Russian energy minister looks to long term factors, not Trump tweets, for oil price forecasts

  • His comments come shortly after the conclusion of the Joint Ministerial Monitoring Committee (JMMC) in Abu Dhabi, with OPEC allies agreeing to ask over-producing members to bring production back in line with their targets.
  • The full coalition of OPEC and non-OPEC partners — sometimes referred to as "OPEC+" — will next meet in Vienna in early December to decide whether any further action to stabilize oil markets is required for 2020.

Russian Energy Minister Alexander Novak has his focus on longer-term market factors rather than President Donald Trump's tweets, he said Thursday.

Asked about his reactions to the U.S. president's social media missives, which often target OPEC policies and are known to move markets without warning, Novak told CNBC's Hadley Gamble: "You know, we are looking at all the factors that one way or another effect the prices. But in particular for us, it's the balance between supply and demand."

"With regards to (Trump's) statement, we see that at the time of the statement the price goes up or down but after a while returns to where it was," he added in the exclusive interview.

"Therefore, in my view, these are not fundamental factors. Fundamental factors do not lie in words but actions."

His comments come shortly after the conclusion of the Joint Ministerial Monitoring Committee (JMMC) in Abu Dhabi, with OPEC allies agreeing to ask over-producing members to bring production back in line with their targets.

The full coalition of OPEC and non-OPEC partners — sometimes referred to as "OPEC+" — will next meet in Vienna in early December to decide whether any further action to stabilize oil markets is required for 2020.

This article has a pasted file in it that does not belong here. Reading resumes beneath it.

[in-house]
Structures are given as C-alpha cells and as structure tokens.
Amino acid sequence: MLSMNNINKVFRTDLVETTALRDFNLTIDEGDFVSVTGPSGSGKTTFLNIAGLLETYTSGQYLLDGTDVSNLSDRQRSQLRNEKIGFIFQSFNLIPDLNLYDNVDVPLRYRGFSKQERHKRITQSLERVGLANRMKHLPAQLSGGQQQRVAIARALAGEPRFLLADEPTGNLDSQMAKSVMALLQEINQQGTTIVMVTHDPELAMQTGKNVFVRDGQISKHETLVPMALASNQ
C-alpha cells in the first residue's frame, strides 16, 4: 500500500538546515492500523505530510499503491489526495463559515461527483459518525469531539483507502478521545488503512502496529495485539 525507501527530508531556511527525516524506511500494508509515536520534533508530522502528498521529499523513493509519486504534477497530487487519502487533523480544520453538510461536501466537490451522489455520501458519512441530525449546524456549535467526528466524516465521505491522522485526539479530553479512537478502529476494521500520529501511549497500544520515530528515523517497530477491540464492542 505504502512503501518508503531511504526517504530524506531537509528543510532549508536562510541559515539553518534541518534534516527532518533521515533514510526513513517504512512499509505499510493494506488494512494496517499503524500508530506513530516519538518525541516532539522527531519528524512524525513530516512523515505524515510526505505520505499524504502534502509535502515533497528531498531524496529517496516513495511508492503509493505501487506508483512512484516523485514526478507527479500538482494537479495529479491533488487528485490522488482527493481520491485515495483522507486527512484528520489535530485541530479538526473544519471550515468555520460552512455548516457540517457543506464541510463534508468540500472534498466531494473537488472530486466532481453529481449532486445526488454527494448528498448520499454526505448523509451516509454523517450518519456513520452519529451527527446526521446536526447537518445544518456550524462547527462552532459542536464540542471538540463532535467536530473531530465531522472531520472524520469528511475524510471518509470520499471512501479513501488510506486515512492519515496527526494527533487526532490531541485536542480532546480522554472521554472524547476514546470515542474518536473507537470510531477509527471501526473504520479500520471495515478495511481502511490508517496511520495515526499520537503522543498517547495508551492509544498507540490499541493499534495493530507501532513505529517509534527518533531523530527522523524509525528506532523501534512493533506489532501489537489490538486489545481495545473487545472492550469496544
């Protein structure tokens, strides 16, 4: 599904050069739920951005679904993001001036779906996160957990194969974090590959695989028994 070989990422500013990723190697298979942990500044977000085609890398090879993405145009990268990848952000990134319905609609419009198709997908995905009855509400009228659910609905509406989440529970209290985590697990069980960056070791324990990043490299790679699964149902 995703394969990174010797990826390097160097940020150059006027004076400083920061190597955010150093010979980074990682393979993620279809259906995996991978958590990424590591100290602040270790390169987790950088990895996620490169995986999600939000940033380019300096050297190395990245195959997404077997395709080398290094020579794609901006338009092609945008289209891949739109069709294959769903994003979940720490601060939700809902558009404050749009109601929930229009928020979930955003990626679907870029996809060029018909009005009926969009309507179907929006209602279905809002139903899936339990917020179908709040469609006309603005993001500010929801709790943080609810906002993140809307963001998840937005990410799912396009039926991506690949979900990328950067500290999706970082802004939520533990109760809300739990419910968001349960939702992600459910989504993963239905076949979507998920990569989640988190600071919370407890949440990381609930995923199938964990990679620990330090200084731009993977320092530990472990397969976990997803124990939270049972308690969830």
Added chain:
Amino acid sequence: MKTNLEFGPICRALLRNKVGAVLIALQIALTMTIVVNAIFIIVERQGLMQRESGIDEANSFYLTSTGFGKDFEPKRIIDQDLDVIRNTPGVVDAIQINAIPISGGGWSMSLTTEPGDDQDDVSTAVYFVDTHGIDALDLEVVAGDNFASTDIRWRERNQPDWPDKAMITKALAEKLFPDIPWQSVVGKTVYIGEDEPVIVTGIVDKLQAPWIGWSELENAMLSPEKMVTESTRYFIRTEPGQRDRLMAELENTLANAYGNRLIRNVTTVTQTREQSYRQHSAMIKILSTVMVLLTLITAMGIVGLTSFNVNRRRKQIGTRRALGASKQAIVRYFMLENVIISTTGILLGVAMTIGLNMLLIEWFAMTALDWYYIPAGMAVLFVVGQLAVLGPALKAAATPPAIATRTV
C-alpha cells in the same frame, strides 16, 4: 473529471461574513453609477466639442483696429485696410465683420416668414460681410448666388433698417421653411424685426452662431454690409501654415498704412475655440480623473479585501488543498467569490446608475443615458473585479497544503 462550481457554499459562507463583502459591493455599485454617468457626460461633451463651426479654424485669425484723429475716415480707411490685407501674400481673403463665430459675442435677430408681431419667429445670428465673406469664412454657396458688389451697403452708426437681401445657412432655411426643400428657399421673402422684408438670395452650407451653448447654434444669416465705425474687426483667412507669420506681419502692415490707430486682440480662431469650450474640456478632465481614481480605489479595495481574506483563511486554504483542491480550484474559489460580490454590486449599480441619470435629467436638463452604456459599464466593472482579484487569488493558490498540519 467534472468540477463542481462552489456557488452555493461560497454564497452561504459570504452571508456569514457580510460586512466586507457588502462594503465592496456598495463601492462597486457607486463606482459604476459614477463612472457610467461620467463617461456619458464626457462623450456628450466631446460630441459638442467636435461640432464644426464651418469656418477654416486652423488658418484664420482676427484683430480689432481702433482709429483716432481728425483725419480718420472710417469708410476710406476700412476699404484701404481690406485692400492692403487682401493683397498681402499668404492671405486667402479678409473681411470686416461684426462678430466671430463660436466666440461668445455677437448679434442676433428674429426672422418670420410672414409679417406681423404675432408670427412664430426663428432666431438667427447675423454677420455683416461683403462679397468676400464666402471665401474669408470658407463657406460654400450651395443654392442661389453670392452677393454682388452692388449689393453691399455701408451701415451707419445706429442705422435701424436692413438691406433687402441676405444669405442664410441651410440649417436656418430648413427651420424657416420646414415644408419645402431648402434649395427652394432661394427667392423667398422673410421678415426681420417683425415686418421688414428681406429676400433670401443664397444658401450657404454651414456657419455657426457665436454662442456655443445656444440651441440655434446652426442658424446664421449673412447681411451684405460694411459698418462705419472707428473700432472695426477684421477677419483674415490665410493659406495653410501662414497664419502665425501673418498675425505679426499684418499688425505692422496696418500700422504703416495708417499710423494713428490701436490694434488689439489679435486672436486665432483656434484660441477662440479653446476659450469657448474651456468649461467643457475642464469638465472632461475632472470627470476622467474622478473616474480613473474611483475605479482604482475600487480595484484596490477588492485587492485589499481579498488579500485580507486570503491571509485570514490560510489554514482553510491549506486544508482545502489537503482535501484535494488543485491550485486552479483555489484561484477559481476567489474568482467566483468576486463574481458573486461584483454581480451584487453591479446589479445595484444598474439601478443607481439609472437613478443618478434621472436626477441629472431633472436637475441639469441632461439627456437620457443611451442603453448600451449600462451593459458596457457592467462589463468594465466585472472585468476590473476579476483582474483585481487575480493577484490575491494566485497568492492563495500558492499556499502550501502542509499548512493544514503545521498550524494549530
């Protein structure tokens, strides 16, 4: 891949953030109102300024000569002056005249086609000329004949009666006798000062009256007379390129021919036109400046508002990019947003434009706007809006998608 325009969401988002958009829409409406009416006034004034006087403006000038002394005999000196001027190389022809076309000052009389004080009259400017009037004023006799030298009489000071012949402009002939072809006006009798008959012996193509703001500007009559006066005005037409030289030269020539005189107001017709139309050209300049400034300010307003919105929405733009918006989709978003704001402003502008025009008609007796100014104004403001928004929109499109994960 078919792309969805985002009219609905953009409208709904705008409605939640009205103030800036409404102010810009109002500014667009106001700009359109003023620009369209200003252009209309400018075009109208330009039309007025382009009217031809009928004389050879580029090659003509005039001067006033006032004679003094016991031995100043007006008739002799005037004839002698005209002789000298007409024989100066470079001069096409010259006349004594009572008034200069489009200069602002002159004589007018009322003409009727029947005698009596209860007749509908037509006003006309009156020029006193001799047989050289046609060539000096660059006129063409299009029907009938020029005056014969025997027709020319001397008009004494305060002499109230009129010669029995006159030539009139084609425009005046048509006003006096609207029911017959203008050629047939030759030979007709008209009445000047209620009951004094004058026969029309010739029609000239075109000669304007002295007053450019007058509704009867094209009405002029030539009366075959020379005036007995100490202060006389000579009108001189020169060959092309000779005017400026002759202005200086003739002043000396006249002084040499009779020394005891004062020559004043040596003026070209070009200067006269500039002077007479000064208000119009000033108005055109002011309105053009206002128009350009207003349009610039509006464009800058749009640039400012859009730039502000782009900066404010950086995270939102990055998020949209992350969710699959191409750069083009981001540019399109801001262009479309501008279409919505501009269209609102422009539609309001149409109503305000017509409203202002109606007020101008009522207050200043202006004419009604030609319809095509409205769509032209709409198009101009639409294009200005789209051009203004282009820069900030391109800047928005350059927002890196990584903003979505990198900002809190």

The group has struggled to shore up oil prices this year, amid booming U.S. production and a slowing global economy.

It has called into question whether OPEC+ really wields that much influence over oil markets.

Oil prices

The group, which consists of some of the world's most powerful oil-producing nations, agreed to reduce output by 1.2 million barrels a day at the beginning of 2019. That deal replaced a previous round of production cuts that began in January 2017.

Some members, such as Iraq and Nigeria, have been producing above their quota in recent months.

Sitting alongside Iraq's oil minister, Thamer Ghadhban, at a press conference on Thursday, Russia's Novak stressed it was "extremely important" that all members signed up to the OPEC-led production cuts were fully compliant.

Ghadhban promised Iraq would introduce deeper cuts from October 1 "in order to reach full conformity."

International benchmark Brent crude was trading at $59.59 a barrel Thursday afternoon, down more than 2%, while U.S. West Texas Intermediate (WTI) stood at $54.76 a barrel, down around 1.8%.

Brent futures have tumbled more than 18% from a peak reached in April, with WTI down over 15% over the same period.

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